Question: I had sex over the weekend. I was very intoxicated, but I was very clear that I wanted to participate. I woke up to see blood on the sheets and at the time I couldn’t figure out where the blood came from. I was not in pain nor was I expecting my period. The last time I had intercourse before this was about a month. I have gone longer without sex before and did not bleed. This is not my first time having sex, nor is it my first partner. What could have happened? Is it possible that I finally had my hymen break? Or is it possible that he penetrated too deeply? Is it an allergic reaction to the condom or the lube? I am very embarrassed by this and very confused.
Many Possible Reasons
There are many possible reasons for bleeding during sex or bleeding that occurs after intercourse.
Since you have previously had intercourse before, it is unlikely that you “broke” your hymen (the hymen is a thin layer of tissue that partially covers the vaginal entrance and is filled with blood vessels, thus causing bleeding in some women when it first tears due to penetration).
The hymen may tear from various types of penetration including intercourse, vaginal fingering, or insertion of a sex toy. The hymen does not “grow back” if you have not had sex in a long time, as is sometimes mistakenly believed.
Vaginal or Vulvar Tearing
It is possible that you experienced some vaginal or vulvar (outside parts of the genitals) tearing during intercourse. If it was a small amount of blood, it is unlikely that you would have experienced much pain.
If there was a large amount of blood on the sheets, then one would usually expect some pain or discomfort, though perhaps the alcohol dulled the pain at the time and the pain was resolved the next morning. We know that alcohol lowers inhibition, and it may actually work against your physical arousal, making intercourse more difficult and contributing to the risk of tearing.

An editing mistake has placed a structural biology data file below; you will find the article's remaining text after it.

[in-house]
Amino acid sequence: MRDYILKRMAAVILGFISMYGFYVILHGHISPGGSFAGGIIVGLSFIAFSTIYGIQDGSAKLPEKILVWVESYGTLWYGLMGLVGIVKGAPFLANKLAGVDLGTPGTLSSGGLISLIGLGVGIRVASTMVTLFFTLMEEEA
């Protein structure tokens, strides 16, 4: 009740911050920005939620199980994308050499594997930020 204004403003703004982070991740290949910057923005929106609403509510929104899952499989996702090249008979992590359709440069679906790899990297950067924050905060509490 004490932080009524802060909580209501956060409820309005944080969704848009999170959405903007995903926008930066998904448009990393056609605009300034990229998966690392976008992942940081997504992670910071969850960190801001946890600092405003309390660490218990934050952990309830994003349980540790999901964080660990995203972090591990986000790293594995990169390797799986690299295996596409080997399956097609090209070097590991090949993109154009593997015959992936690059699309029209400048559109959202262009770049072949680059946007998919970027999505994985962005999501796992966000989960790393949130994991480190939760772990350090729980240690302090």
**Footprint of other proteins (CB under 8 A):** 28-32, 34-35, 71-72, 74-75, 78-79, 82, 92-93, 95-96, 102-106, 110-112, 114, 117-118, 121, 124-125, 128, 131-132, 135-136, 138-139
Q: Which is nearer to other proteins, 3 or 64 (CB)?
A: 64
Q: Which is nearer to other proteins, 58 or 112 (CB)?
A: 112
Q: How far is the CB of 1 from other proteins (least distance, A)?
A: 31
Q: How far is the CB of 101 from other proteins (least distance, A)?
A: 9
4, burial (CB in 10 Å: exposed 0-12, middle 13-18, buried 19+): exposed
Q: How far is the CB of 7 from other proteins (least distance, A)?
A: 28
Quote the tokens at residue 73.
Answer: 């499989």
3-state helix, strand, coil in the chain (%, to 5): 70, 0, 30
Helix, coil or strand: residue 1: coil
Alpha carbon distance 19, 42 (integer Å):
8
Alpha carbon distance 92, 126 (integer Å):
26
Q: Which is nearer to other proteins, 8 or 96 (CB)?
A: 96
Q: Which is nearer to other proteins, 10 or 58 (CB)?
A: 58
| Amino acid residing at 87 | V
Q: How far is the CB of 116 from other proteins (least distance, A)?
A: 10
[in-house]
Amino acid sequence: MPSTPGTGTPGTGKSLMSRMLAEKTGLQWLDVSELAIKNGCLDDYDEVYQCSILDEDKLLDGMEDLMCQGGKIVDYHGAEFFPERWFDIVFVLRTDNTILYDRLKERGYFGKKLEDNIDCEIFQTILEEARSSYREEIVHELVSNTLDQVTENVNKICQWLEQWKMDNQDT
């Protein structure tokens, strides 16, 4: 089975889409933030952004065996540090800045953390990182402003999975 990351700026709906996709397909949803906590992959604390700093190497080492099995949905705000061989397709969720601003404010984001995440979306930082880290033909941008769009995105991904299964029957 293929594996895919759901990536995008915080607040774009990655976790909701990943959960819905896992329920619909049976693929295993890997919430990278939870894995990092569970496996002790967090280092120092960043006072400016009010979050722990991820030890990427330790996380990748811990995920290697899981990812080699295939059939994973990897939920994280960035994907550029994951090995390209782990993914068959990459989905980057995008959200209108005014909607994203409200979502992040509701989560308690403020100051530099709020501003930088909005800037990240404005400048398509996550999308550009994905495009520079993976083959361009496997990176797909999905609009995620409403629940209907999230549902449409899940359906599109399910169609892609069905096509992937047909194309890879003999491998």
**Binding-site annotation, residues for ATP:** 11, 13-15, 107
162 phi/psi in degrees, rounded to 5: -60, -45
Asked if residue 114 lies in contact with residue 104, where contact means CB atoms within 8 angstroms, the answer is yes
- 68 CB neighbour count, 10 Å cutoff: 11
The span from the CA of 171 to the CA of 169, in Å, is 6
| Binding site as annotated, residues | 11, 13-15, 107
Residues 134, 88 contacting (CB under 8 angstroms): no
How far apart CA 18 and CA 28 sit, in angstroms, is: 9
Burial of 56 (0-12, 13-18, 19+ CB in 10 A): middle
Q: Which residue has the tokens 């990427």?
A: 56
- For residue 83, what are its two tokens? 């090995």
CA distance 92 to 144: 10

When women have tearing around the entrance of the vagina, or just inside, healthcare providers sometimes prescribe specific antibiotic ointments in order to reduce the risk of developing an infection. Therefore if you think you may have tearing inside, you might check in with your healthcare provider so that he or she can examine you (small vaginal tears, by the way, happen to many women at one time or another; larger tears are less common and should be examined by a healthcare provider).
Why Might Tearing Occur?
Why might tearing occur? It often occurs during rough penetration or when a woman is not well lubricated ( e.g., if you did not spend much time in foreplay before having sex or if sex went on for a long time, both of which can occur while intoxicated as couples sometimes jump into sex and a man’s orgasm may be delayed or not occur at all, thus leading to sex take longer than usual).
Though women can react from a hypersensitivity or allergy to condoms or lubricant, these are unlikely to cause such bleeding. Another possibility is that one of you may have had a cut elsewhere (i.e., on your knee or hand). That happens sometimes too, with couples mistaking blood on the sheets for vaginal bleeding.
A Fairly Common Occurrence
Whatever the cause, this is actually a fairly common occurrence and nothing to be embarrassed about (though we understand that it can feel embarrassing at the time). It sounds like you have learned a bit more about how you feel about sex, drinking, and mixing the two, as well as communicating with a sexual partner.
It is common for men and women to find it difficult to discuss sexuality (particularly when they are relatively new to sex), and it can feel even more challenging to discuss sexual topics if you don’t know each other very well.
Because vaginal bleeding during sex happens to most women at some point, many couples take it in stride and move on. If you feel like you want to discuss it, you might start by letting your partner know that it feels awkward for you to talk about it, but that you’d feel better if you could.
Reviewed, with minor updates, on May 1, 2017.